'Roots in the Park' goes virtual this June

A stage with lights and a backdrop reading roots in the park

Tune in for a toe-tappin' good time on Thursday nights this June as the popular "Roots in the Park" summer series goes virtual!

May 24, 2021

Roots in the Park is a summer tradition at Washington state parks. 

Families, couples and friends gather to flatfoot, tap, swing dance or listen quietly as musicians play banjos, fiddles, acoustic guitars and smooth jazz.

While the State Parks Folk and Traditional Arts Program plans to resume live concerts in July, the June series will be virtual. But that doesn’t mean you can’t flatfoot or tap in your yard or your living room...

Roots in the Park features four episodes, at 7 p.m. every Thursday in June, on State Parks’ YouTube, Folk and Traditional Arts playlist.

Each episode will last around 45 minutes. After each session, viewers can find individual songs from the events on this channel.

Through the virtual programs, performers will share the stories and traditions behind their tunes and teach techniques to those seeking a deeper dive.

June 3: Ben Hunter & Joe SeamonsA person holding a guitar standing next to another person holding a banjo

Seattle songsters Ben Hunter & Joe Seamons give life to voices that have long been silenced in American culture. Their award-winning folk, dance, acoustic blues and prison ballads are highlighted by storytelling that, rather than bringing the past to life, vividly shows how the past still lives in the present. 

Ben and Joe bounce from fiddle and banjo breakdowns to a cappella field hollers. They sing early jazz and gospel songs featuring Piedmont and Rattlin’ Bones guitar styles. 

With the same versatility that won them the International Blues Challenge in 2016 and led them to record with National Heritage Fellow Phil Wiggins, the duo celebrates Americans’ triumph over oppression through the vitality of their art. 

Audiences walk away from Ben and Joe’s concerts and workshops inspired to learn more of their own heritage and engage more deeply with their communities

Photo: Ben Hunter and Joe Seamons

June 10: Neftalí Rivera & Trío BorikuasPeople sitting on chairs and playing acoustic instruments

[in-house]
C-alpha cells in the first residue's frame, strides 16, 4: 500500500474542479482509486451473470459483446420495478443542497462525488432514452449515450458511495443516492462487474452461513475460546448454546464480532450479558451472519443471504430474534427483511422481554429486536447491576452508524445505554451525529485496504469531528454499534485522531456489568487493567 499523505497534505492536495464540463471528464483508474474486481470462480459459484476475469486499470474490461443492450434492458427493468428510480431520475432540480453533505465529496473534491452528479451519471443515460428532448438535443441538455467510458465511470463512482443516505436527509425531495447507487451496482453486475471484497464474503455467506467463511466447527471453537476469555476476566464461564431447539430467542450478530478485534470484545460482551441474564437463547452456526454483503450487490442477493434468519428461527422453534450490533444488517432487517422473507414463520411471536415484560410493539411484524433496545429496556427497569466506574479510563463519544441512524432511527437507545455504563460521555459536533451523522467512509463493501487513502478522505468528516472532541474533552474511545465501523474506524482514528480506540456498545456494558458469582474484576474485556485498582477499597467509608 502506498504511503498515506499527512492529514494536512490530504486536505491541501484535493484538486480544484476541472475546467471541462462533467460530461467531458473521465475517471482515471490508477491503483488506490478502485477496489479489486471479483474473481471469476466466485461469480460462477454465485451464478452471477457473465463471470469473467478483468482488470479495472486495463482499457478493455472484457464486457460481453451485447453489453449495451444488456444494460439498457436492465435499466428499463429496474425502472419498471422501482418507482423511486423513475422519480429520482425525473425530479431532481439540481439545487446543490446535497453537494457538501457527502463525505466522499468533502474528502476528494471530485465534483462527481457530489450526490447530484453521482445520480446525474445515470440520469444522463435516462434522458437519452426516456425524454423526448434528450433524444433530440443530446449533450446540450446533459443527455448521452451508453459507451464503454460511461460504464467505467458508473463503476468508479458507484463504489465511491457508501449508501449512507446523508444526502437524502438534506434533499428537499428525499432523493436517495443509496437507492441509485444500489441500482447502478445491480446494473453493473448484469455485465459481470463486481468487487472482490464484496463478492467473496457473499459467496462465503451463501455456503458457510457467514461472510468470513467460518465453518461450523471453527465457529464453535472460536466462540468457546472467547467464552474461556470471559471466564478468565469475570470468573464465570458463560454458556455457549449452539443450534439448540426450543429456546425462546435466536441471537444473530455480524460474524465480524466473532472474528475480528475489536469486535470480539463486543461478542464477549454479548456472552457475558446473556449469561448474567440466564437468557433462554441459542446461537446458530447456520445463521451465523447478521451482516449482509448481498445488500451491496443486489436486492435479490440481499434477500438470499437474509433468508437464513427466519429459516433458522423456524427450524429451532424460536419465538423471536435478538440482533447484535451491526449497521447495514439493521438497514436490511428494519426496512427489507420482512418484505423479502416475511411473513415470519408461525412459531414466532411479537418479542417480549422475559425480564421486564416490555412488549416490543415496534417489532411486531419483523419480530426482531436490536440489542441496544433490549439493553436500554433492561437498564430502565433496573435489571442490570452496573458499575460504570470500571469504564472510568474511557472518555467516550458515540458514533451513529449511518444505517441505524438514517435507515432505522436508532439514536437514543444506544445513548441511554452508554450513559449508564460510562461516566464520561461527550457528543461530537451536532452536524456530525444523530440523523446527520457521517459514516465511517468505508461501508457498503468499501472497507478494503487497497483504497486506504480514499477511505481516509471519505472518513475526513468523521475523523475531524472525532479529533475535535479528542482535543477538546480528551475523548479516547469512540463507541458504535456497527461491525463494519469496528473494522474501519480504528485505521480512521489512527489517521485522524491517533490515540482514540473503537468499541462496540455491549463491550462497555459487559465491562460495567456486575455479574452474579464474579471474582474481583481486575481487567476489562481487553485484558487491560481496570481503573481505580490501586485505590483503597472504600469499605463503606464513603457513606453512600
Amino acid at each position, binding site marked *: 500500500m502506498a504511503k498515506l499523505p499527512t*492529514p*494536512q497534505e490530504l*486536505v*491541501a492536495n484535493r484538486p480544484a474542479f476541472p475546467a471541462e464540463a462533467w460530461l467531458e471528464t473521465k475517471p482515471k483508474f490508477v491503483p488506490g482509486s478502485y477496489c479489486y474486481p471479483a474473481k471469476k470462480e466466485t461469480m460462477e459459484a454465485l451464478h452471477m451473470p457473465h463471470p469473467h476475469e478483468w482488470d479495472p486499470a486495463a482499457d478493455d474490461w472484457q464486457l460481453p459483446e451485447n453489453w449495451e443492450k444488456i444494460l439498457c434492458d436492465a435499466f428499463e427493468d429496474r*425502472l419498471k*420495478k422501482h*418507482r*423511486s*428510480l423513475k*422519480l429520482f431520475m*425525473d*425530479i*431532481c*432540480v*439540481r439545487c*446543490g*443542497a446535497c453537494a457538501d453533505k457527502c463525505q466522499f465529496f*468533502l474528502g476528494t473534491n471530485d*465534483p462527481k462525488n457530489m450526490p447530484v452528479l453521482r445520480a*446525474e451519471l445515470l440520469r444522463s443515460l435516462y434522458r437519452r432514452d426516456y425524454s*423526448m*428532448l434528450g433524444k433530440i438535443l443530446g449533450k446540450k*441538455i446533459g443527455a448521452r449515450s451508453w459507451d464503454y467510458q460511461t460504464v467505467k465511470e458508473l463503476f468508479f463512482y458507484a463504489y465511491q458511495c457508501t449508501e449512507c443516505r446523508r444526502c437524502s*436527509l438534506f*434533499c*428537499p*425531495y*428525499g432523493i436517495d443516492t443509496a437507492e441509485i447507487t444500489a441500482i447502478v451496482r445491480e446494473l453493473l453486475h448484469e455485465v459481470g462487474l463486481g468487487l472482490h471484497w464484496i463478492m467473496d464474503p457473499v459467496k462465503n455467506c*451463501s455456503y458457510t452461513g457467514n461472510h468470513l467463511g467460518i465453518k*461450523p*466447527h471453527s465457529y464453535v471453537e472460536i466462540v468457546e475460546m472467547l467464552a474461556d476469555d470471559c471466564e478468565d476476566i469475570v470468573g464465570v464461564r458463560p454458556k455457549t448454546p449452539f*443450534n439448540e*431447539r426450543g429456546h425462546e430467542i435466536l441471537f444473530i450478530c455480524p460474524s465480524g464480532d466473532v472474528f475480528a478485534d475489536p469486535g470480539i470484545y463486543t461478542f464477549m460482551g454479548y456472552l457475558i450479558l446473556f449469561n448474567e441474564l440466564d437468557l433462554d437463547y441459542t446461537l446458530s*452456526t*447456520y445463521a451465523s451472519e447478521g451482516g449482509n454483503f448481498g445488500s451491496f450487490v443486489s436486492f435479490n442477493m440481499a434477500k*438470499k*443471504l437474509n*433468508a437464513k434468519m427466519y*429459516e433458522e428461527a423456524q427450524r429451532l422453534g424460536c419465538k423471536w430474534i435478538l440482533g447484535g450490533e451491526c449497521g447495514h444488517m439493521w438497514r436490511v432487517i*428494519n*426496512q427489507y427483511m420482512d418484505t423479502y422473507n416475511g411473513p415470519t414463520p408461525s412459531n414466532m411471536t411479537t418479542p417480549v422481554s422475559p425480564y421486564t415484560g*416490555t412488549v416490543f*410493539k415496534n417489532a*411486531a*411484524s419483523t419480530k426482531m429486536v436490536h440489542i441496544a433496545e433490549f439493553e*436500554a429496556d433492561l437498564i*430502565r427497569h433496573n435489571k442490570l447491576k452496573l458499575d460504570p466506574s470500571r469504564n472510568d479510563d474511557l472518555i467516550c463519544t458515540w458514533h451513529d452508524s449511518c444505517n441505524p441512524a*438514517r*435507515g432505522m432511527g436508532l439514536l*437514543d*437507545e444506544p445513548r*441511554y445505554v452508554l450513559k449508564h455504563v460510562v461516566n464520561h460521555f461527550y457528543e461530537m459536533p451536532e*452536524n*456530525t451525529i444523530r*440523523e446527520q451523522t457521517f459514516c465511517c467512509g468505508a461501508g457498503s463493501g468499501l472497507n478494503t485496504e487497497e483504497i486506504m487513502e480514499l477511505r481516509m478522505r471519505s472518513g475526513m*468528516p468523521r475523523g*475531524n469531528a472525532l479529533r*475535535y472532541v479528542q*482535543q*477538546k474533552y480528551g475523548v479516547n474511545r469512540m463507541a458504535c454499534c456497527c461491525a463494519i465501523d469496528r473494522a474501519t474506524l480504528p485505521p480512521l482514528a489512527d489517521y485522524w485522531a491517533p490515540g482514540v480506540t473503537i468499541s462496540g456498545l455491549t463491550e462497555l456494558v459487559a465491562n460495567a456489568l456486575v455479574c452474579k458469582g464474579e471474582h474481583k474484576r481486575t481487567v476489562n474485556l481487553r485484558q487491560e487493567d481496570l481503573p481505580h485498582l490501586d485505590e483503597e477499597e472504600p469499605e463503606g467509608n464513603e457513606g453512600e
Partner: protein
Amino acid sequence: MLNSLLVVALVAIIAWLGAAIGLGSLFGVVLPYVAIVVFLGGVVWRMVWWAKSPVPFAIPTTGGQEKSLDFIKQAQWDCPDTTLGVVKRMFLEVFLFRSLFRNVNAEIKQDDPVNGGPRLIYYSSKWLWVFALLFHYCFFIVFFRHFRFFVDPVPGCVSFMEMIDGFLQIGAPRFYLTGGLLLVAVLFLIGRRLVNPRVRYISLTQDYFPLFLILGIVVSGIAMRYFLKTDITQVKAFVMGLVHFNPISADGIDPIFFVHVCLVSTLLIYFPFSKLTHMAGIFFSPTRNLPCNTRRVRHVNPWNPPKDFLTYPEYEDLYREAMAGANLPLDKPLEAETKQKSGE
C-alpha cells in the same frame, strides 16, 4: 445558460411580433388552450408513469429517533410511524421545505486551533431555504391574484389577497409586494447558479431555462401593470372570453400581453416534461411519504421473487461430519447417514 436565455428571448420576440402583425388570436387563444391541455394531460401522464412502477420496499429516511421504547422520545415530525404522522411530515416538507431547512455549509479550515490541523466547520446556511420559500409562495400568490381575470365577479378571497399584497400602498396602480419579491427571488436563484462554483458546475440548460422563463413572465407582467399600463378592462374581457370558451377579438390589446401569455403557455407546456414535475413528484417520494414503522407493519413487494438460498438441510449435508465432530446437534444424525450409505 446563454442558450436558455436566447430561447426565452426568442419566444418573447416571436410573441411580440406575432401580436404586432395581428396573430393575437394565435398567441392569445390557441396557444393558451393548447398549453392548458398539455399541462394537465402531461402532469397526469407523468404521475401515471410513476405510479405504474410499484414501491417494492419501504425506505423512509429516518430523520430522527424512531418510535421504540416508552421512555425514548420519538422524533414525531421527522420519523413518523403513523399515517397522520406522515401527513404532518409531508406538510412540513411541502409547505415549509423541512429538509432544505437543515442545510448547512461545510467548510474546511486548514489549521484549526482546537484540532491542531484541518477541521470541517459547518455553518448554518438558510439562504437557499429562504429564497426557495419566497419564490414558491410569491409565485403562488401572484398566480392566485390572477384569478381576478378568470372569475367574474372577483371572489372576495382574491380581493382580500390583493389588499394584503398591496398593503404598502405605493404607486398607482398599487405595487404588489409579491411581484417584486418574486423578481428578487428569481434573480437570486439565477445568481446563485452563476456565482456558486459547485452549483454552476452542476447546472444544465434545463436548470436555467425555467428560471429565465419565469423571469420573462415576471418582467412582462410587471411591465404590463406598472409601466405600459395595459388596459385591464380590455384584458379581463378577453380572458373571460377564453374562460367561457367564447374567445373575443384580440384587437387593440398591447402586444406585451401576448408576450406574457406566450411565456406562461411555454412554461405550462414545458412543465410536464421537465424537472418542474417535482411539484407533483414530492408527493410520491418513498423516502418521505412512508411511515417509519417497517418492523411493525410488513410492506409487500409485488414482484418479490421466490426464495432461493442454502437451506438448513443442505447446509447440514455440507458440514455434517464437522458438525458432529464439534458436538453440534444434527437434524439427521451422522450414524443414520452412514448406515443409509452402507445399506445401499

Neftalí Rivera, Ramón Cancel and Martín Vélez play Puerto Rican, Cuban and Afro-Caribbean tunes with a focus on the traditional music styles familiar to all Puertoriqueños. This Roots in the Park favorite will play bombas and plenas from communities with African roots. They also play danzas and aguinaldos from Rivera's hometown of Morovis. During this workshop, the group will take a a closer look at bombas and plenas rhythms.

You can also catch Neftalí Rivera & Trío during our Waikiki Beach Concert Series 7 -  8:30 p.m. Saturday, July 24, at Cape Disappointment State Park.

Photo: Neftalí Rivera & Trío Borikuas

June 17: BriarA person sitting on a chair and smiling

Briar sings vintage jazz, blues and original music. By blending a powerful voice with stories about the history and origins of her music, she shines a light on singers and tales that have been forgotten by the country that created them. 

Raised in Chimacum, Wash., Briar uses music to explore her unique background as a Black woman from the rural Pacific Northwest. 

Briar and her partner Joe Seamons will present a discussion on heritage, music and identity.

Briar and Joe will also play live at Deception Pass State Park for the American Roots Concert Series on July 24 or at Cape Disappointment’s Waikiki Beach Concert Series on Aug. 28.

Photo: Briar.

June 24: Squirrel ButterA person being kissed on the cheek by another person

Husband and wife duo Charlie Beck and Charmaine Slaven have been performing together since 2005.  

In their Roots performance, Squirrel Butter explores old-time, early bluegrass, blues, country and Cajun, threading these influences into their original compositions.  

Multi-instrumentalists, they play banjo, guitar, fiddle, steel guitar, step-dance and sing in harmony. 

Charlie will present a workshop on clawhammer banjo, and Charmaine teaches flatfoot dance in this episode.

Photo: Charlie Beck and Charmaine Slaven of Squirrel Butter.

But wait ... there's more!

To add to the virtual fun, artist and musician Sue Truman has crafted the crankie (see feature photo at top of blog) for the Roots in the Park series introduction and closing  She also recorded the series’ accompanying fiddle tune. In past years, she has performed and led crankie workshops at state parks like Cama Beach.

The Roots in the Park series is made possible by funding from the National Endowment for the Arts and the Washington State Parks Foundation

Find out about all the exciting events coming up from the Folk and Traditional Arts Program.